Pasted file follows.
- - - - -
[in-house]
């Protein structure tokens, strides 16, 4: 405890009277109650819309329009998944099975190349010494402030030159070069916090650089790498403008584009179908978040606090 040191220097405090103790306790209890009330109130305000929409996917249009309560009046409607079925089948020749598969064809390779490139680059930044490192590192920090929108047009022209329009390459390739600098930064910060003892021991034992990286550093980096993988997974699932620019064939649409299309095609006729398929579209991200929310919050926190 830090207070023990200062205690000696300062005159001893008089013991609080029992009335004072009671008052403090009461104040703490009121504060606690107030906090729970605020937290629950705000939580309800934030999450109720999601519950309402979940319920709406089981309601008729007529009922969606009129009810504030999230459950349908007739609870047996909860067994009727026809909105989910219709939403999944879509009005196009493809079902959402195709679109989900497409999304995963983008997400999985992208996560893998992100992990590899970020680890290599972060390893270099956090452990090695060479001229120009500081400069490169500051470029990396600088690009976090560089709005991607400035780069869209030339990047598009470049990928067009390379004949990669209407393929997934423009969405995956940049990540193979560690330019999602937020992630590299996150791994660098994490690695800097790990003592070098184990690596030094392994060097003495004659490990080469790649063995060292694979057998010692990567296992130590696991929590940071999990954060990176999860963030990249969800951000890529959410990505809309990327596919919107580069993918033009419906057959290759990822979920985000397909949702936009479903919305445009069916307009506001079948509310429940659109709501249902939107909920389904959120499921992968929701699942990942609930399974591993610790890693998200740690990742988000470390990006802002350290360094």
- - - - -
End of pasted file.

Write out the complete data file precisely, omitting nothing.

[in-house]
């Protein structure tokens, strides 16, 4: 405890009277109650819309329009998944099975190349010494402030030159070069916090650089790498403008584009179908978040606090 040191220097405090103790306790209890009330109130305000929409996917249009309560009046409607079925089948020749598969064809390779490139680059930044490192590192920090929108047009022209329009390459390739600098930064910060003892021991034992990286550093980096993988997974699932620019064939649409299309095609006729398929579209991200929310919050926190 830090207070023990200062205690000696300062005159001893008089013991609080029992009335004072009671008052403090009461104040703490009121504060606690107030906090729970605020937290629950705000939580309800934030999450109720999601519950309402979940319920709406089981309601008729007529009922969606009129009810504030999230459950349908007739609870047996909860067994009727026809909105989910219709939403999944879509009005196009493809079902959402195709679109989900497409999304995963983008997400999985992208996560893998992100992990590899970020680890290599972060390893270099956090452990090695060479001229120009500081400069490169500051470029990396600088690009976090560089709005991607400035780069869209030339990047598009470049990928067009390379004949990669209407393929997934423009969405995956940049990540193979560690330019999602937020992630590299996150791994660098994490690695800097790990003592070098184990690596030094392994060097003495004659490990080469790649063995060292694979057998010692990567296992130590696991929590940071999990954060990176999860963030990249969800951000890529959410990505809309990327596919919107580069993918033009419906057959290759990822979920985000397909949702936009479903919305445009069916307009506001079948509310429940659109709501249902939107909920389904959120499921992968929701699942990942609930399974591993610790890693998200740690990742988000470390990006802002350290360094």